IBM, the world’s largest computer maker, pledged Monday not to use genetic data to screen employees and applicants in what it said was the first such move by a major corporation to safeguard a new category of privacy.
The pledge comes as Congress debates a proposed privacy bill that would bar health insurers and employers from discriminating against people with a genetic predisposition to disease.
“Genetic information comes pretty close to the essence of who you are, it’s something you can’t change,” IBM’s chief privacy officer, Harriet Pearson, told Reuters.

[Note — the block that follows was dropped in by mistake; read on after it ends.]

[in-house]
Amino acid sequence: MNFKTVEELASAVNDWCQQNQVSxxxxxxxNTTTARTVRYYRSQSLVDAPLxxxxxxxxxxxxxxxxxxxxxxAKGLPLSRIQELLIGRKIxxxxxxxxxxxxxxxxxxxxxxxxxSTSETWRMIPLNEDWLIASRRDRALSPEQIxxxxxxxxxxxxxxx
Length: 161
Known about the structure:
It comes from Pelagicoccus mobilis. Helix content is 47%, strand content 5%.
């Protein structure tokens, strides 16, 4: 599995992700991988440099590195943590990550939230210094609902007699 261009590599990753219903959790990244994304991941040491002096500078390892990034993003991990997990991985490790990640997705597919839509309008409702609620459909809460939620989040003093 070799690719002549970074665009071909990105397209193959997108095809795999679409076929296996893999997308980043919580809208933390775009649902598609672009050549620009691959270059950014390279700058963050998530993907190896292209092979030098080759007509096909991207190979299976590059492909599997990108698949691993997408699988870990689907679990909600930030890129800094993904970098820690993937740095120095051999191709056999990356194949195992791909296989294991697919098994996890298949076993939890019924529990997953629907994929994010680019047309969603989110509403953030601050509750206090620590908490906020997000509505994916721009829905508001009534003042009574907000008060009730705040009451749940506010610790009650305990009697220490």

“It has nothing to do with your employment, how good your contributions are, how good of a team member you are, so making a policy statement in this case is the right thing to do,” she said.
IBM, based in Armonk, N.Y., employs more than 300,000 people worldwide.
The Genetic Alliance, a Washington-based patients advocacy group, called IBM’s policy “remarkable” and predicted it would spur other U.S. corporations to follow suit.
IBM shares rose 75 cents, or nearly 1 percent, to $81.25 trading Monday after Citigroup upgraded its rating on the company to “buy” from “hold.” IBM’s share price has dropped more than 17 percent this year.